Guys get so mad at athletes who stay in the game “too long.” I mean, we can harbor serious resentment for these dudes when they don’t retire at the “top of their game.” As if, somehow, their career choice actually affects the quality of our lives. Brett is the most recent casualty of this, but certainly not the most impacting in my lifetime. I’ll never forget watching Michael Jordan’s slow spiral from fame to shame. I was such a super-fan back in the day. I used to sport my puffy Chicago Bulls coat and my 3-peat t-shirt with a picture of the rings on it. I had posters on my closet doors and I owned 3 different VHS tapes from Sports Illustrated with highlights of just him. He was a hero, a legend. Like Liono from Thundercats but in real life and playing basketball instead fighting evil and whatnot. Then came the unexpected retirement, followed by the even more unexpected mediocre minor league baseball career, followed by the return to the Bulls with a new number, followed by the return of his old number, followed by the second retirement, followed by his return to basketball as partial owner of the Wizards, followed by putting himself back in the game as a player again, followed by yet one more retirement, followed by being fired from the Wizards organization as a whole. Wow! He went from being the most dominant player the game had ever seen to being fired by the freakin’ Wizards. Lets just say I no longer want to “Be Like Mike.”
And now we are watching it all over again with Brett. Although, admittedly less drawn out than Mike’s adventure (at least so far).
Why is it so hard to watch these guys go down like this? Why do we need them to go out on top? I guess that’s just how we want to remember them. We want them to be immortal. We don’t want to watch the bodies of our superheroes break down. It leaves us feeling vulnerable ourselves. Like, somehow, if they quit before it happens, they will stay the same and nothing will change. And we won’t have to come to terms with the fact that time has stolen our youth as well and our own body is breaking down and that, we too, may soon be looking at our best days in the rear view mirror.
The truth is most of you will never have millions of raving fans. But for those of us who do, it can be quite difficult. You wouldn’t understand the pressure!
Okay, well…maybe I’m not quite there yet, but I do have almost 500 friends on Facebook which is very encouraging and I feel like it’s only a matter of time. Anyway, I honestly don’t begin to know how it would feel to fall so quickly from that level of extraordinary fame to simply being a big guy in a track suit (that’s how I imagine retired athletes dressing all the time) at the grocery store. And even though it just seems like yesterday that everything you did made the news, the reality is, today you just need to get out of bed at some point before noon and move to the couch so you can watch other people play sports on your super huge TV. No one is expecting anything out of you anymore, except for maybe a speech at your Hall of Fame induction, if you get in. And even still, you have a good decade or so to work out the wording on that. And while we like to imagine that we would love to retire so young and just relax with all that money and leisure the truth is, we weren’t wired that way. No one wants to hear “Man, you were the best” or “I used to love watching you on TV, you were amazing.” We might think that we would be satisfied with that, but most likely we wouldn’t be. There would always be that voice inside of us calling out for recognition. “I AM STILL GREAT!” And we would fight the desire to hang on to that glory as long as possible too. The only reason why it doesn’t happen to more guys is that most of them wouldn’t be accepted back into the pros if they tried to go back.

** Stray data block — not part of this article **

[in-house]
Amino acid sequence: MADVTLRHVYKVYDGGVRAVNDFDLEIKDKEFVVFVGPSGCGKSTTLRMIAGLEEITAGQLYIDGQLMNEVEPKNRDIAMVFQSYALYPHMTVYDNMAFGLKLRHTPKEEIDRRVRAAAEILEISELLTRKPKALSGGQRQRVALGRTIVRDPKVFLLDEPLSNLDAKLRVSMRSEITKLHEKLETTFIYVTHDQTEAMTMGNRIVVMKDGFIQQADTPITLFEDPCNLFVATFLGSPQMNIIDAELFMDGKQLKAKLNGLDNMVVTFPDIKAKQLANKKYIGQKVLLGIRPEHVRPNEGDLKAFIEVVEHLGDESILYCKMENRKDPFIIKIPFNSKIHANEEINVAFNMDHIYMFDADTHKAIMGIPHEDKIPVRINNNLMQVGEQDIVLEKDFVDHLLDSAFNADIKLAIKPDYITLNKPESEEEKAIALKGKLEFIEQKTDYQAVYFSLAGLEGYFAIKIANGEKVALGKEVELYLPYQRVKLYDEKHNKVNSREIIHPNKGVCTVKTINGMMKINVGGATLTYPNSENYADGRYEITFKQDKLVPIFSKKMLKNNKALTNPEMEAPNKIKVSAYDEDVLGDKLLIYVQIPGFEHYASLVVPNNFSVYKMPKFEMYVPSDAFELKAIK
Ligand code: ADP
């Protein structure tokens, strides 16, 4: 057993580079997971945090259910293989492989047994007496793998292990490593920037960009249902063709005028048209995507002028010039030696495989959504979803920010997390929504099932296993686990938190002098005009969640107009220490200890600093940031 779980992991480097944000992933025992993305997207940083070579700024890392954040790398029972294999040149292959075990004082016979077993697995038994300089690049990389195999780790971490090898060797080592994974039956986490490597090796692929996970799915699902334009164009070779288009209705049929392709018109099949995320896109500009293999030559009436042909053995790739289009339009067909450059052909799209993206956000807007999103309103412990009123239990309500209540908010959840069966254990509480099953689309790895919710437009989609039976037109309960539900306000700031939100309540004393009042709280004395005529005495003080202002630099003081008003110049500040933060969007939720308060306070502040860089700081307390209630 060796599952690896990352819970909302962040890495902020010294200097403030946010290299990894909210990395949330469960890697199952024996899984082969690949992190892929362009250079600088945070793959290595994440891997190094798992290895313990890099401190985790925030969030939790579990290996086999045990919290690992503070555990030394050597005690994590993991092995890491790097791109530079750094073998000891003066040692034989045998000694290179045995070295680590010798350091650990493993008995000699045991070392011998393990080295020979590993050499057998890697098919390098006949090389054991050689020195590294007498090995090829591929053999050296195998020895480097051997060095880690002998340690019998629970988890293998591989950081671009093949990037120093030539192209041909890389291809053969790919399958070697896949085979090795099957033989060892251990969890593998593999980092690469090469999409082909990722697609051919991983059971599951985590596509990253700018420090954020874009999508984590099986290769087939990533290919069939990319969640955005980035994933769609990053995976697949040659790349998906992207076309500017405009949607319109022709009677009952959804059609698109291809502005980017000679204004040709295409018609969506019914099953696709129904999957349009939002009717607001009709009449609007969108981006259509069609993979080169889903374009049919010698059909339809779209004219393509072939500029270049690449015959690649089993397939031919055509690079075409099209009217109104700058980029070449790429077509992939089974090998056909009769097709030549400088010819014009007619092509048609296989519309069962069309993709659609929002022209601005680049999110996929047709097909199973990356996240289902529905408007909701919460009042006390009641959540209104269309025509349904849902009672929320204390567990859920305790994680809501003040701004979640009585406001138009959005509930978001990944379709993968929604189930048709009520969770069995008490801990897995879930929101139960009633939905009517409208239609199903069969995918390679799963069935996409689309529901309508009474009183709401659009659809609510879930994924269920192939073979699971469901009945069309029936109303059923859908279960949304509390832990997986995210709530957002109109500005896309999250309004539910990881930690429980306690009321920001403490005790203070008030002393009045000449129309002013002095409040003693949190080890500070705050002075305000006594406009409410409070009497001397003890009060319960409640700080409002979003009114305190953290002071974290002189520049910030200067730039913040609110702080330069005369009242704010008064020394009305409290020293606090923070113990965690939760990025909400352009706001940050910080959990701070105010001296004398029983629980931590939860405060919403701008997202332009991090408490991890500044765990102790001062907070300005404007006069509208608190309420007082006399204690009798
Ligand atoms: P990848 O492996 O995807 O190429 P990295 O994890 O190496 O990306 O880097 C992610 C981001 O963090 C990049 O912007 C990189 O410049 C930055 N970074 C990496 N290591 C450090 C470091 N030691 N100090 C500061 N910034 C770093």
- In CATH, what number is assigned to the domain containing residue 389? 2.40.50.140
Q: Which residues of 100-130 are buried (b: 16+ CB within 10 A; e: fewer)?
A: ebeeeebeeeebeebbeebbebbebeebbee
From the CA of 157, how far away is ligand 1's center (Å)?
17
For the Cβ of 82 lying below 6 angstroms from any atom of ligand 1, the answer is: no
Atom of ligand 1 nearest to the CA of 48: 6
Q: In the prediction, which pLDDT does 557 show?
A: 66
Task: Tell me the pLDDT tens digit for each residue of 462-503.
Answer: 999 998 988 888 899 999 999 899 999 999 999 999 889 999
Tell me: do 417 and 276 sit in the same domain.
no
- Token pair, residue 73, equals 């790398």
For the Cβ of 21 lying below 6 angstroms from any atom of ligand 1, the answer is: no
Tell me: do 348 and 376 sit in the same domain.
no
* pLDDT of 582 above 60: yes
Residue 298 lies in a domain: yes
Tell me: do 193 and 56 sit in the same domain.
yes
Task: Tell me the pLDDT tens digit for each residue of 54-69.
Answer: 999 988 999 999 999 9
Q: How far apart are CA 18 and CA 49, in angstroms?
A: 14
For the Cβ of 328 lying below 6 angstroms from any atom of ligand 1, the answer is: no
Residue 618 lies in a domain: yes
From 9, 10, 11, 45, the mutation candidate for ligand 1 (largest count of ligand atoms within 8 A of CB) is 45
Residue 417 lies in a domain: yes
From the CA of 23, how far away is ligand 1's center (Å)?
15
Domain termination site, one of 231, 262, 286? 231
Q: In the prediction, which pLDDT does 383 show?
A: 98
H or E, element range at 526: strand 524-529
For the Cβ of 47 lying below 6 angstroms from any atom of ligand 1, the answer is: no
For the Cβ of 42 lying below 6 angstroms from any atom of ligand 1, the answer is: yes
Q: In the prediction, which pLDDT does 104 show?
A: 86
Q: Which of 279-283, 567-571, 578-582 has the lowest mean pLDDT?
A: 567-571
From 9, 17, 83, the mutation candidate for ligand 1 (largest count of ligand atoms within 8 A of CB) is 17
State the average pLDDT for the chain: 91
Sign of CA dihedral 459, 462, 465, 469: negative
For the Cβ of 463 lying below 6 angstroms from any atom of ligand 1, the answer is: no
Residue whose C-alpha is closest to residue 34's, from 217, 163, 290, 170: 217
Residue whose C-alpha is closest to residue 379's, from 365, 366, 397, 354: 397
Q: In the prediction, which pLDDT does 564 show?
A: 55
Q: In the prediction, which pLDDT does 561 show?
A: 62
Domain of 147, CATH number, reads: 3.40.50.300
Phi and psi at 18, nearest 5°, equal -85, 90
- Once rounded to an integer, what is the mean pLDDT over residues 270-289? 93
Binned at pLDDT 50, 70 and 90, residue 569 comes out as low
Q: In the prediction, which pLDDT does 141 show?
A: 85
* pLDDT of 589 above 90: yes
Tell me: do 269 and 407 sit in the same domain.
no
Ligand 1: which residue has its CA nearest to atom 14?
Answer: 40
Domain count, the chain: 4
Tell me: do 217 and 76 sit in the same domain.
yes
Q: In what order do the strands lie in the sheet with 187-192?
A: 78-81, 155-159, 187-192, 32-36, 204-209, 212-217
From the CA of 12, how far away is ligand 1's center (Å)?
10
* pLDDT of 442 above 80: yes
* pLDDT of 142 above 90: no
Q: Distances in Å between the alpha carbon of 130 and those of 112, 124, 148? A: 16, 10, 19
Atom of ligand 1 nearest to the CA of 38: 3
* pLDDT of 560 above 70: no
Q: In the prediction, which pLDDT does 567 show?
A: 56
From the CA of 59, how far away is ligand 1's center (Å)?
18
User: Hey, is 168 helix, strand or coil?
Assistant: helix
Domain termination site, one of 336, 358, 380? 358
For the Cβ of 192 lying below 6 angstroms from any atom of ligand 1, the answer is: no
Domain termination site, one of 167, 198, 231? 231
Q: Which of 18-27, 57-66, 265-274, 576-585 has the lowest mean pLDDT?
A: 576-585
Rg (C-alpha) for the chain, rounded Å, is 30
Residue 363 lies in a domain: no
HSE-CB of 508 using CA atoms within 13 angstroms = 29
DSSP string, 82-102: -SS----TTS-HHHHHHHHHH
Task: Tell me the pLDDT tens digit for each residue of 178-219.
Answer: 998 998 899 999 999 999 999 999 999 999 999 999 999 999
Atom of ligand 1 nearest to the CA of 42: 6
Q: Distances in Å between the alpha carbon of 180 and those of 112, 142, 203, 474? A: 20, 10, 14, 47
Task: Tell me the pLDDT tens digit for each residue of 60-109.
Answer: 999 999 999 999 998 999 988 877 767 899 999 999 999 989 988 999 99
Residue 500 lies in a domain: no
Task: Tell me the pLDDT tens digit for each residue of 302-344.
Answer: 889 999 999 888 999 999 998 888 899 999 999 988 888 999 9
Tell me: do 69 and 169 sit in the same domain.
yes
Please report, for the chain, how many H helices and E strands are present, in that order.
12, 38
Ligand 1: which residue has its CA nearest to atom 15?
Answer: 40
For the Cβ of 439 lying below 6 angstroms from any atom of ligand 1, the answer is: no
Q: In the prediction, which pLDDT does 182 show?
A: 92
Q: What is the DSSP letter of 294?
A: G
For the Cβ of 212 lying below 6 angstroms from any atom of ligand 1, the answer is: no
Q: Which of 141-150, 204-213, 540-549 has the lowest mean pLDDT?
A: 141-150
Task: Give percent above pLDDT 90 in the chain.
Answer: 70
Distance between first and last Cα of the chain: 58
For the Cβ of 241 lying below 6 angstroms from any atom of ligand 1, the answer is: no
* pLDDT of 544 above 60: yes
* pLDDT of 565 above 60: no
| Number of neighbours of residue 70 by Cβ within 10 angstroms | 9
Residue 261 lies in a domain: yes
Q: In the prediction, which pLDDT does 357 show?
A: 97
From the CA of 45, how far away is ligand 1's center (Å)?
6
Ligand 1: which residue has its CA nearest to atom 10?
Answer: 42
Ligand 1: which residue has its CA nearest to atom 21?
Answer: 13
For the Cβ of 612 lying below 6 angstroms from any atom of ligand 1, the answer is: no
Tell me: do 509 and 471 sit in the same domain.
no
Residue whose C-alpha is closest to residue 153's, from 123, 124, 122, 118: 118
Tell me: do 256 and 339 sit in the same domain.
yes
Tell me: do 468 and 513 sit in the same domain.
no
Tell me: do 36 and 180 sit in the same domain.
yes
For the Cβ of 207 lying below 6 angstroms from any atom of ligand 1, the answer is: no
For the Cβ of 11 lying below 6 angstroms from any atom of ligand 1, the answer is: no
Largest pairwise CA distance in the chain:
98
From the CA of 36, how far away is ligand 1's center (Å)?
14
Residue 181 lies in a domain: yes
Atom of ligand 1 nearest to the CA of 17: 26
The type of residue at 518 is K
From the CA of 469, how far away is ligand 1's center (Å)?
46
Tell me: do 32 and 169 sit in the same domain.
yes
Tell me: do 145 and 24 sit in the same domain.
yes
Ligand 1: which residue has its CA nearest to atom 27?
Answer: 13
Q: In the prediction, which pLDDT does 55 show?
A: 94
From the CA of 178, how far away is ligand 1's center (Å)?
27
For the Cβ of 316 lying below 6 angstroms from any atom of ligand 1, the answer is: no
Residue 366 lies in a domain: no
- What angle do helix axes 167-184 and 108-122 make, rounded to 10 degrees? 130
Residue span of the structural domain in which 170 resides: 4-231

As it is, we watch these guys come out of retirement or decide to play “one more season” and we say things like, “why does he keep playing? Doesn’t he have enough money?” as if any of us are under the delusion that this is really about money. It turns out they are human too and just like the rest of us they are all bottomless vacuums of insecurity. It’s never enough money, enough wins, enough fame, enough recognition. Just like you and me, they are constantly searching for the ever-illusive sense of significance and purpose.
Well, I don’t know if my journey will look much like Brett or Michael’s but I know a few things about my own heart. I know I still have enough pride in there to fight like a frightened raccoon to hold onto whatever glory I may be able to attain for myself. And I know that I still find myself gauging my significance and value by the approval of others. Which, in the words of the prophet Jeremiah is just a “broken cistern that can hold no water” and will always leave me thirsting for more. I guess I’m not all that different from these guys after all (well… apart from extreme athletic prowess). And if I don’t consistently turn to the “fountain of living waters” as my all-sufficient supply of value, significance & purpose than I could easily go out with far less dignity and grace.
So, overall I feel a little less inclined to throw stones at Brett. You know the whole glass house thing and all. Not to mention, if I threw a rock at that dude, a broken window would be the least of my concerns.